musicians wanted

photo by Sebastian Kim

As I stream The xx on MySpace — for the fifth delicious time today — let’s talk about music and money.

Clearly I’m a little late to the party, but I’ve just been reading about YouTube’s new revenue sharing program. Have you heard about it? Musicians Wanted is a partner plan for independent artists — and the key word is indie. You need to own the global rights to publish and distribute your own video content.

Here’s how it works:

Artists earn monthly revenue from both “relevant” ads overlaid on their original videos and banner ads that run beside the viewer window. They also earn dividends when their YouTube videos are embedded on external websites, such as music blogs (a huge selling point for popular artists), and bands can add tour dates and links-to-purchase for albums and merchandise.

Interested artists have to apply, and they’re evaluated on factors including video popularity, number of channel subscribers, and their involvement in the YouTube community at large. Videos also have to meet quality requirements (i.e. no loopy screen savers paired with an audio track). What’s especially interesting is that YouTube employees will choose which acts are accepted, essentially turning them into digital music scouts.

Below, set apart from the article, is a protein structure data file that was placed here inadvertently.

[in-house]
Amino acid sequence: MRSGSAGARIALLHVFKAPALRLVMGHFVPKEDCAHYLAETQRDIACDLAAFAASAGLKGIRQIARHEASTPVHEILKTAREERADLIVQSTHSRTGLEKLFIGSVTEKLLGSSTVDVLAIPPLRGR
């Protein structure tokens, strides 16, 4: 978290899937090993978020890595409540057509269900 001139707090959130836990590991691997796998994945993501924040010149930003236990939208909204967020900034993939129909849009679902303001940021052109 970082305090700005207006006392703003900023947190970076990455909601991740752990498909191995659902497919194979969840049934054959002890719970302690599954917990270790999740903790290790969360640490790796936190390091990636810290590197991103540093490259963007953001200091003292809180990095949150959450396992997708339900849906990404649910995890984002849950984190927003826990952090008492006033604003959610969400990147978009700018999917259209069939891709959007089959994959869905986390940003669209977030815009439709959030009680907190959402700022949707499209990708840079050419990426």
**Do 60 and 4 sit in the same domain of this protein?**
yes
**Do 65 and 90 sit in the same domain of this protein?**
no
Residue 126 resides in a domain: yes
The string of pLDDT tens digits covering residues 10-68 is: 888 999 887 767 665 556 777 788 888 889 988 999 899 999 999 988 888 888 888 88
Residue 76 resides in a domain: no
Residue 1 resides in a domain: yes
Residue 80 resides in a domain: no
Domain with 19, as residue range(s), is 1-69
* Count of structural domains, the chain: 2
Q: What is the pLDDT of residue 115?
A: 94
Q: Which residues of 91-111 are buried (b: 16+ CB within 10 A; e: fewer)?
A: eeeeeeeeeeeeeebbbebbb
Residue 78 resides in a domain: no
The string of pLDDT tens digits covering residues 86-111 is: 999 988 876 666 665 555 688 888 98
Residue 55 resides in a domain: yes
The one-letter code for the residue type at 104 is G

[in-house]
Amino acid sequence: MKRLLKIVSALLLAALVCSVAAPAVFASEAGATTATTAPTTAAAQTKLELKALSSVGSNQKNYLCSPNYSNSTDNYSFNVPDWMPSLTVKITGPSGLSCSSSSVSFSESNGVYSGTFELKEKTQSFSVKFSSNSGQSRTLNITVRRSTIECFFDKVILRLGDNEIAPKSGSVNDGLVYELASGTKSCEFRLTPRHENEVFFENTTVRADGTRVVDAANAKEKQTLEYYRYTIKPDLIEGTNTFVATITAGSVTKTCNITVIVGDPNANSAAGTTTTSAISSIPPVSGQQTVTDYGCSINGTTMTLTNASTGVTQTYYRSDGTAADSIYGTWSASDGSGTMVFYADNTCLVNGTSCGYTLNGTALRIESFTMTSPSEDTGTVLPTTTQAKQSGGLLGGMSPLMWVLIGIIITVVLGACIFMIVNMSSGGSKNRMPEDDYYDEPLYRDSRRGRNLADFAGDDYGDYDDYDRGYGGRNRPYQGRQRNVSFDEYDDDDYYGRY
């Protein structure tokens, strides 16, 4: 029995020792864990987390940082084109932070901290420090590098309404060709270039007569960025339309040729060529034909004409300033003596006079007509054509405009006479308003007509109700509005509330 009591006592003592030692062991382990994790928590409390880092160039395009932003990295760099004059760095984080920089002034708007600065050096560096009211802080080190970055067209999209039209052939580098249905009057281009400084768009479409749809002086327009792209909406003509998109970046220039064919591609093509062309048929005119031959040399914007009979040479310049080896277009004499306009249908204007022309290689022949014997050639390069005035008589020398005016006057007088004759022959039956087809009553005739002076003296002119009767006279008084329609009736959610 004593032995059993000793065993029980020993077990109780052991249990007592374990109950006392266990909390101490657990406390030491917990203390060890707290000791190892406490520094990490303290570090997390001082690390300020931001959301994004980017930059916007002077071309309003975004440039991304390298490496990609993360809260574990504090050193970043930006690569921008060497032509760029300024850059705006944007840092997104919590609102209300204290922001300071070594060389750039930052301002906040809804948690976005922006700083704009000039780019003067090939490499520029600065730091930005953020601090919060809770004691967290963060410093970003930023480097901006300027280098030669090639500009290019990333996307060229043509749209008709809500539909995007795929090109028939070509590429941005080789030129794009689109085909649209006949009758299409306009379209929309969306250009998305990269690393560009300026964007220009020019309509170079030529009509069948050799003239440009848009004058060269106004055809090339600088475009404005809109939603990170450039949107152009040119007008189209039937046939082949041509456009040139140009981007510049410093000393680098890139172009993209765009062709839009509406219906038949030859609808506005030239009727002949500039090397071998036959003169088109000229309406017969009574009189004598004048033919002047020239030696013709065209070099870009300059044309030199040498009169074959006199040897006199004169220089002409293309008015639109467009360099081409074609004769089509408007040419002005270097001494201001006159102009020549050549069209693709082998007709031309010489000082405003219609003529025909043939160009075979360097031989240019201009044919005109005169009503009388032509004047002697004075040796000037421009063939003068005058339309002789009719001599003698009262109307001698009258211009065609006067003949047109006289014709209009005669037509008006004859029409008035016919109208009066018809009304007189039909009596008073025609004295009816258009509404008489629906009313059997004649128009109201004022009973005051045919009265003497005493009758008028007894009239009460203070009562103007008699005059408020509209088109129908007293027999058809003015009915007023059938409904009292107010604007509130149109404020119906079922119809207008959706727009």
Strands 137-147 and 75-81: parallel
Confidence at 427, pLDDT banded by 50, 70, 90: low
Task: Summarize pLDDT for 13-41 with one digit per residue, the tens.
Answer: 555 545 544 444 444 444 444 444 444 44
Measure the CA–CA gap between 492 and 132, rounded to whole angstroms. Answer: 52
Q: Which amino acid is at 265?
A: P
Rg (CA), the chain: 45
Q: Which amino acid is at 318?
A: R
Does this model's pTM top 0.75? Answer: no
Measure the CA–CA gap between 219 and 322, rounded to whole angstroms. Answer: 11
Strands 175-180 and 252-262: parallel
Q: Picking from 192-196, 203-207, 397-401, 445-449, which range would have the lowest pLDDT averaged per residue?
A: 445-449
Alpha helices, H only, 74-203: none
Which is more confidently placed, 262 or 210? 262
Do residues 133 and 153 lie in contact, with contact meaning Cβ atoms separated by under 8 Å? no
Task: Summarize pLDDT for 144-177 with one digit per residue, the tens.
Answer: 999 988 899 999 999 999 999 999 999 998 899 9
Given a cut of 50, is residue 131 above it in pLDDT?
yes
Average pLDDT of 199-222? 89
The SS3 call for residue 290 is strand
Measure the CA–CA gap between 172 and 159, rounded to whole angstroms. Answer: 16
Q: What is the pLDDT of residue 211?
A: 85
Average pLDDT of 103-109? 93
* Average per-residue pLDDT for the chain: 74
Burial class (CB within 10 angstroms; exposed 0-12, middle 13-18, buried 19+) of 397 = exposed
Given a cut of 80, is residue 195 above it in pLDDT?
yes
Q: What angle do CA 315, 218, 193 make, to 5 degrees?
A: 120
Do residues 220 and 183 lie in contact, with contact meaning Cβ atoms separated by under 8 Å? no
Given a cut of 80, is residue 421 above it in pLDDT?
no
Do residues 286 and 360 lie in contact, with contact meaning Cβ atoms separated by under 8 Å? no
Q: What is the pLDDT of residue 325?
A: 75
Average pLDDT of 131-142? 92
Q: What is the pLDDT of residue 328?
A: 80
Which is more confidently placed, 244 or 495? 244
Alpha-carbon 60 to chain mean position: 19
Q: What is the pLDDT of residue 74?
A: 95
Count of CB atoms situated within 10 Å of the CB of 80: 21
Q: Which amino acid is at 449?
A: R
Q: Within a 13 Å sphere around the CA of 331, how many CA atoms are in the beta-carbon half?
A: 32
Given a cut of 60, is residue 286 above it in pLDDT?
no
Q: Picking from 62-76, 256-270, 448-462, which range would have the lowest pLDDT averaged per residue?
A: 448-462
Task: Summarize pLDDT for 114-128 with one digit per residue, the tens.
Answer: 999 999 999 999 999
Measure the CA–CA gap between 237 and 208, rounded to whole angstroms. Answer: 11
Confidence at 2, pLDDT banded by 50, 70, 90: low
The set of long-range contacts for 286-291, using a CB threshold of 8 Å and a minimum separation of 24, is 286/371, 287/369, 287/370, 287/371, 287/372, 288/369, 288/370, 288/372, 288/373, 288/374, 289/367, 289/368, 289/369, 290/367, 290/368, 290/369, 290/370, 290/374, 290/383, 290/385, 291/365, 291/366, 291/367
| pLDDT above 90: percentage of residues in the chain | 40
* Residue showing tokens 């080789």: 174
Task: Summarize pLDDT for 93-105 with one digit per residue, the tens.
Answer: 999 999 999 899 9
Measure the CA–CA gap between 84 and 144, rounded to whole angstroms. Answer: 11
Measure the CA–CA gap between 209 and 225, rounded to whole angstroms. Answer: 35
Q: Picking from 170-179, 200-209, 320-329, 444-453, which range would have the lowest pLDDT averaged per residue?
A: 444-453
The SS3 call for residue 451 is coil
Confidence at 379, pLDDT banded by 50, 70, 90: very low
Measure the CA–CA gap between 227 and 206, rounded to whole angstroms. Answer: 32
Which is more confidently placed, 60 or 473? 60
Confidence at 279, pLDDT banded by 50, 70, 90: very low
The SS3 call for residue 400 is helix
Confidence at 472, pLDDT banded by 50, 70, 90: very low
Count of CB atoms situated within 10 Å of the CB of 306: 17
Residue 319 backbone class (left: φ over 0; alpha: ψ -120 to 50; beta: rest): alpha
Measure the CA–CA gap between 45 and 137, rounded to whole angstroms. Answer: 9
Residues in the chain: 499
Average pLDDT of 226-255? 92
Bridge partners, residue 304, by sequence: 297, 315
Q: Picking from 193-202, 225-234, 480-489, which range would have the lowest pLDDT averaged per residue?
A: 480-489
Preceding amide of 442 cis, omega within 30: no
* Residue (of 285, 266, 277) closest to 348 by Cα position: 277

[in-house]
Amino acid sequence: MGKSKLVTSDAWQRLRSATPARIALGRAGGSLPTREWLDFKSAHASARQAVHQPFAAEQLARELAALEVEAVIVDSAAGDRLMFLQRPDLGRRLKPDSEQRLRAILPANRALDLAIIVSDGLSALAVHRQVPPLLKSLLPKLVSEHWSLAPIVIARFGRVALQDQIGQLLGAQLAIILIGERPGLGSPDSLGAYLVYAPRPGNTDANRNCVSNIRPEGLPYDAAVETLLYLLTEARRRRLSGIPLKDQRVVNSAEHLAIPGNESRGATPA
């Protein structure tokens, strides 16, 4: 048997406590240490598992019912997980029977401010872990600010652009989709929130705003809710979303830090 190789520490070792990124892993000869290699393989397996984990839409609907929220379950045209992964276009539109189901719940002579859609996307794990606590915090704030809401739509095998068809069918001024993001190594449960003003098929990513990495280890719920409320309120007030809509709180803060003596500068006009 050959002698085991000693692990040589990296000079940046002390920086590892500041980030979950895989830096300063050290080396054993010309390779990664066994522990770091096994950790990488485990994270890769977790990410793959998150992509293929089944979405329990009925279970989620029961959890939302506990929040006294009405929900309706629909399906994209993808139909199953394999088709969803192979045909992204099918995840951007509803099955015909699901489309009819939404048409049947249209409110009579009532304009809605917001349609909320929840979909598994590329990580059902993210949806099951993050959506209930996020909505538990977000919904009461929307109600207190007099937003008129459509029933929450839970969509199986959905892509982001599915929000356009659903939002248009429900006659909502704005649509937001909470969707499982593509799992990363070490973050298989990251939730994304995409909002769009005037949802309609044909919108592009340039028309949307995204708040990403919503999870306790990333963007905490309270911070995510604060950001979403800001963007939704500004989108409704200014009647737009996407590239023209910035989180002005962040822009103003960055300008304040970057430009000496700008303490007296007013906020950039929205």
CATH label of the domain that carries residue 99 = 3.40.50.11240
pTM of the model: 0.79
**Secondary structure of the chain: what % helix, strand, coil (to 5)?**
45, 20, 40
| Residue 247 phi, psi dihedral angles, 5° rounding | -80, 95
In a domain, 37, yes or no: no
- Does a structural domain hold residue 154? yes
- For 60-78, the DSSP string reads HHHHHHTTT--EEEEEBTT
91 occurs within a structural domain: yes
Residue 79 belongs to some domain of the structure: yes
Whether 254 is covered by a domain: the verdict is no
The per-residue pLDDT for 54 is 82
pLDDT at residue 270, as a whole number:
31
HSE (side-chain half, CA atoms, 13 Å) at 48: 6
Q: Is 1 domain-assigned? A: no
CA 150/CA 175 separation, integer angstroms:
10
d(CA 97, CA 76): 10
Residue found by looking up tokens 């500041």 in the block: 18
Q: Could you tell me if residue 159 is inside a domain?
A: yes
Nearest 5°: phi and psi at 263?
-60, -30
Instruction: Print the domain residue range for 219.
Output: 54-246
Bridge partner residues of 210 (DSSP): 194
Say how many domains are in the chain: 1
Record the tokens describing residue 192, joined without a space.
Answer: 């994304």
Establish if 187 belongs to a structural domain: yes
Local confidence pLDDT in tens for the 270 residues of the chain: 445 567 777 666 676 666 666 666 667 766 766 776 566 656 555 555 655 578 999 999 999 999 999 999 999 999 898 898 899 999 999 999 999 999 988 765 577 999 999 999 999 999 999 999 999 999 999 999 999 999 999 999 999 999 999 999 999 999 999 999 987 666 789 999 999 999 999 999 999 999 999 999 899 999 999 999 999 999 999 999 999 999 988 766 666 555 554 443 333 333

The first band to join up? OK Go, which left EMI / Capitol earlier this year to start its own label — and since everyone and their grandmother watched the addictive treadmill video for “Here It Goes Again,” they’ve definitely got the audience to make it work.

OK Go also got tongues wagging for using State Farm Insurance money to make its “This Too Shall Pass” video. A toy truck with a tiny State Farm logo on its door gets the action rolling and at the end, the screen reads: “OK Go thanks State Farm for making this video possible.”

Whether they’re savvy or sell-outs is your call — the arrangement has been heavily debated in both business and music circles — but the band has demonstrated that it’s willing to get cozy with mainstream brands in order to keep producing quirky, highly viral videos.

As for the YouTube program, the mere idea is another notch in the vinyl for indie artists. Major label representation is not the promised land of the past, and as more and more musicians choose to control their own careers, viable revenue models will continue to evolve and expand. The program’s other upside is its potential to spotlight innovative visual artists and bands that apply real creativity to their videos. After all, the more people view the vids, the more cash flows into deserving pockets.


posted 11 May 10 in: business, music, performance. This post currently has no responses.

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